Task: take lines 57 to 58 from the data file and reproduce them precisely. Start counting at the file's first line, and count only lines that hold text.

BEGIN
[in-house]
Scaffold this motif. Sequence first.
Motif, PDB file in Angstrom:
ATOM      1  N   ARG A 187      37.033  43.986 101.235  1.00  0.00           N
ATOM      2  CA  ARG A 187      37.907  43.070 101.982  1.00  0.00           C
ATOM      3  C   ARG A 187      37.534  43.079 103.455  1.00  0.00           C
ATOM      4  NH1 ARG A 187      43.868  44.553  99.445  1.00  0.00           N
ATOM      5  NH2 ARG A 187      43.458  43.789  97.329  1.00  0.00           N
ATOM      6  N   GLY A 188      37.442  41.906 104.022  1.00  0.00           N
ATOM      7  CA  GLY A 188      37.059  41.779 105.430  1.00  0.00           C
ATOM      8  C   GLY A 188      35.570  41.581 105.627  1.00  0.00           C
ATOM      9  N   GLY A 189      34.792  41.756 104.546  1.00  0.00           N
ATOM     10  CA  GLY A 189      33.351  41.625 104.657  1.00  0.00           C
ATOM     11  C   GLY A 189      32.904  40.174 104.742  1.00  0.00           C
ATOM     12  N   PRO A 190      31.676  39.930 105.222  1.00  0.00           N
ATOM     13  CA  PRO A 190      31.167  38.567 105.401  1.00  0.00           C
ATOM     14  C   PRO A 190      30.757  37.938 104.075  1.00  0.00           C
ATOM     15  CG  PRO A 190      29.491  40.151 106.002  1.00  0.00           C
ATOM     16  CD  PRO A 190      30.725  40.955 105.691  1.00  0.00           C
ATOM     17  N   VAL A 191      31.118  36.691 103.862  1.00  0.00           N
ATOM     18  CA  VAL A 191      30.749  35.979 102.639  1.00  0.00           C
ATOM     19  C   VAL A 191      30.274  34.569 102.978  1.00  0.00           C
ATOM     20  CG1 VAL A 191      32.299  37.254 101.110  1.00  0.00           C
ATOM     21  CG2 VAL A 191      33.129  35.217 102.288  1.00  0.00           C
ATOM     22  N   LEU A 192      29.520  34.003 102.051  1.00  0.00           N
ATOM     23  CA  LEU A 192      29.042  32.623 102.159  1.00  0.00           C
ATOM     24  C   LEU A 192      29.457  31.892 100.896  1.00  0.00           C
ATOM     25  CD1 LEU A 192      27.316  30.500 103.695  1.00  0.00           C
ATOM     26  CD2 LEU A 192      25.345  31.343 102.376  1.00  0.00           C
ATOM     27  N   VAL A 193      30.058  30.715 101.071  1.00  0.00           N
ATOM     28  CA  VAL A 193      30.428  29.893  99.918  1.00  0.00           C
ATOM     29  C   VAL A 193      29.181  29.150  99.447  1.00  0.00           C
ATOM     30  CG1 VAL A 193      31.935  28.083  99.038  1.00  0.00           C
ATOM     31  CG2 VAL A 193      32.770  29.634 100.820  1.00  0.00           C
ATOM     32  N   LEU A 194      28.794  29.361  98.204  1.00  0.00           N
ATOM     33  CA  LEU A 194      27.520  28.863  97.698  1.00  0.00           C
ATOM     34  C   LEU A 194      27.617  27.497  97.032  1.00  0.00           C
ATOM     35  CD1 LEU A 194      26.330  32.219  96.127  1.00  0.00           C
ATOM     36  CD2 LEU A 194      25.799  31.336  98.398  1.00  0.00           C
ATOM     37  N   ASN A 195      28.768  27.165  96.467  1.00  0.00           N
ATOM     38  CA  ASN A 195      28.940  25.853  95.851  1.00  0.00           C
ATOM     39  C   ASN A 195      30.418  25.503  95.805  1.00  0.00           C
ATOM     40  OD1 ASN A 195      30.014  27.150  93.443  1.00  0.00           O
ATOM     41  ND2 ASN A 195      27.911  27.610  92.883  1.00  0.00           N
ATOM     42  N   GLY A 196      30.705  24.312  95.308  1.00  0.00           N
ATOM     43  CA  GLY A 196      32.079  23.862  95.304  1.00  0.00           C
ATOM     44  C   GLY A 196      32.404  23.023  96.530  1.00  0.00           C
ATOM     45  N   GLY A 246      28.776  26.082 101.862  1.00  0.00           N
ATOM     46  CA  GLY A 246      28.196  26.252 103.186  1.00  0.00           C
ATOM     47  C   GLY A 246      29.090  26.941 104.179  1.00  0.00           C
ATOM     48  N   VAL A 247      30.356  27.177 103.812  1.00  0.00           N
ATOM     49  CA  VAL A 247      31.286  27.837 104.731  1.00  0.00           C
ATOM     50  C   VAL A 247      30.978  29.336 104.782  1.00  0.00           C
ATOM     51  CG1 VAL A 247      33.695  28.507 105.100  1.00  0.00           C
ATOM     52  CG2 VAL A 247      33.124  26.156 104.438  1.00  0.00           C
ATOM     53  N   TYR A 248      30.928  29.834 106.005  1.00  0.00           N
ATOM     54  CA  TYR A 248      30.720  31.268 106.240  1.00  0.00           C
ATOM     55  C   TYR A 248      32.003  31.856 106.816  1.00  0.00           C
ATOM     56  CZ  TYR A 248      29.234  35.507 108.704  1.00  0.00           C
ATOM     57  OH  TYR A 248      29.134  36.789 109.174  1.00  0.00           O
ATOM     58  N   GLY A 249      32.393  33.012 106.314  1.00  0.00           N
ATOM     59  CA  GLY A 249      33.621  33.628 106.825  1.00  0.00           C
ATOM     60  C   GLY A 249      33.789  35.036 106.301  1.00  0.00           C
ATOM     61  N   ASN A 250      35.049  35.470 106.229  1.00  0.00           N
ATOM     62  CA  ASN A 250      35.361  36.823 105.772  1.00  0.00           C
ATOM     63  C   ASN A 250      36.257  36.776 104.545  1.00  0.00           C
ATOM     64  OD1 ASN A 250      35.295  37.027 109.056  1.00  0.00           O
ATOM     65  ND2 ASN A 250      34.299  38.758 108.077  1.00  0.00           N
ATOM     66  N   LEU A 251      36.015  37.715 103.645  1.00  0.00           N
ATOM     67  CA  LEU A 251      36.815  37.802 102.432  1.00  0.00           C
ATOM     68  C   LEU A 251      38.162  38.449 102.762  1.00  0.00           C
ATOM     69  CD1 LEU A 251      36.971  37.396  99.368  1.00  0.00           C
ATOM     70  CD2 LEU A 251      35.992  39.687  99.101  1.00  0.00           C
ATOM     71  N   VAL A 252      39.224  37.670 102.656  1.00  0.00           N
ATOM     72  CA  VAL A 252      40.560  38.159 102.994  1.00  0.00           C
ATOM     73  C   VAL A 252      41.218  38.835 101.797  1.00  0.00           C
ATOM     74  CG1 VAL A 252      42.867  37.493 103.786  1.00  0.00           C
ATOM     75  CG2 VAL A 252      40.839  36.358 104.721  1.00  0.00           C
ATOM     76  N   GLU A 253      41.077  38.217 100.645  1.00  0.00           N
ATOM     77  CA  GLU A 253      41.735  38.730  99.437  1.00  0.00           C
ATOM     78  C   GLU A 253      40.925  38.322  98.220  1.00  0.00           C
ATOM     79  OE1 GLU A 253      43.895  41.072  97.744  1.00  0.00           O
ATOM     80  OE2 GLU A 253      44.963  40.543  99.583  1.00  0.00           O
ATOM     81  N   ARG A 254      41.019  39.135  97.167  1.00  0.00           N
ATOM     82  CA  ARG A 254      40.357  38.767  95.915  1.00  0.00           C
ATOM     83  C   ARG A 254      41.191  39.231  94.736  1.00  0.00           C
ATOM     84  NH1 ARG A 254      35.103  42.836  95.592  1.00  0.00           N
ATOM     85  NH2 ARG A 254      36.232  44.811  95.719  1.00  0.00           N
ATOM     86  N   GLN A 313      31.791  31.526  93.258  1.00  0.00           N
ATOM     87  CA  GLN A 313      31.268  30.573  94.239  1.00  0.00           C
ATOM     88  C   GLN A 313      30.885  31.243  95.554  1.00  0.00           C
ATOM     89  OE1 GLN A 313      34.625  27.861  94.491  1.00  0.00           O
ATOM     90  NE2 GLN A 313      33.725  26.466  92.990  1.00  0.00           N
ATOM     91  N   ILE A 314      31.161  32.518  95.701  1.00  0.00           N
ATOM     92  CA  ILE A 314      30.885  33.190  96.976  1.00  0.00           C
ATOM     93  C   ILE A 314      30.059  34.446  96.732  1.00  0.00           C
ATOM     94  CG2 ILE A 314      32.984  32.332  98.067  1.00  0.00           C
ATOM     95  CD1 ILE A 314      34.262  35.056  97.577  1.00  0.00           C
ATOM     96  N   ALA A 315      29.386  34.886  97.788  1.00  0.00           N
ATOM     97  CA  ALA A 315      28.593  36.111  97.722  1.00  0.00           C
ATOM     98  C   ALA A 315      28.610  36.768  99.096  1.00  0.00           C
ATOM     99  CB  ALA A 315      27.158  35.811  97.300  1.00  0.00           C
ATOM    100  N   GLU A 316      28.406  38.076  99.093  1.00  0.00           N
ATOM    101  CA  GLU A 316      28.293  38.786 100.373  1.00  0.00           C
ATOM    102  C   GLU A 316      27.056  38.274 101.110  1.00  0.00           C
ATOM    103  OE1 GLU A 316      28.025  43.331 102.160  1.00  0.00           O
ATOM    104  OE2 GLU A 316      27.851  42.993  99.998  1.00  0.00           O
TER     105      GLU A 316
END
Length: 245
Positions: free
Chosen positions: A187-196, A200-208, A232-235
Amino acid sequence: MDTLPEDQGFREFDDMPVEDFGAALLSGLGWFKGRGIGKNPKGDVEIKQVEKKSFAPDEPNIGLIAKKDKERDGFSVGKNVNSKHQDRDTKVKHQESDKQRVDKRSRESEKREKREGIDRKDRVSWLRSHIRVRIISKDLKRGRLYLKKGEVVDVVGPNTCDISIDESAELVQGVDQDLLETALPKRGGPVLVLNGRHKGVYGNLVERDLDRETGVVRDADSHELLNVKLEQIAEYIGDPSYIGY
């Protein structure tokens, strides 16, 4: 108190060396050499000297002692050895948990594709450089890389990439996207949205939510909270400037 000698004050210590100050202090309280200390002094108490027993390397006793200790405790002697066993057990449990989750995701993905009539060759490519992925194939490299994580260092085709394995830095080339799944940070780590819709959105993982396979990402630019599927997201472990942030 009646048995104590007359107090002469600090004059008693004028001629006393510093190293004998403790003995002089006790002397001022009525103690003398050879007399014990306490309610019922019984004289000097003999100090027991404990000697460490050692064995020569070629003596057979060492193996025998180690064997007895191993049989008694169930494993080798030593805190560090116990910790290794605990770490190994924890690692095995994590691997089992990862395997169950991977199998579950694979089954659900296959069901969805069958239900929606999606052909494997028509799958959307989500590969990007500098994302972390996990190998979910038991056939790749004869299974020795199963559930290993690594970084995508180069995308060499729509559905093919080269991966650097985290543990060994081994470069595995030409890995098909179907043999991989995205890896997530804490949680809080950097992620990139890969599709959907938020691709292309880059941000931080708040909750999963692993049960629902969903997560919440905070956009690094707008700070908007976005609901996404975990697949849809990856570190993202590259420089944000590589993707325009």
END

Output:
ATOM     54  CA  TYR A 248      30.720  31.268 106.240  1.00  0.00           C
ATOM     55  C   TYR A 248      32.003  31.856 106.816  1.00  0.00           C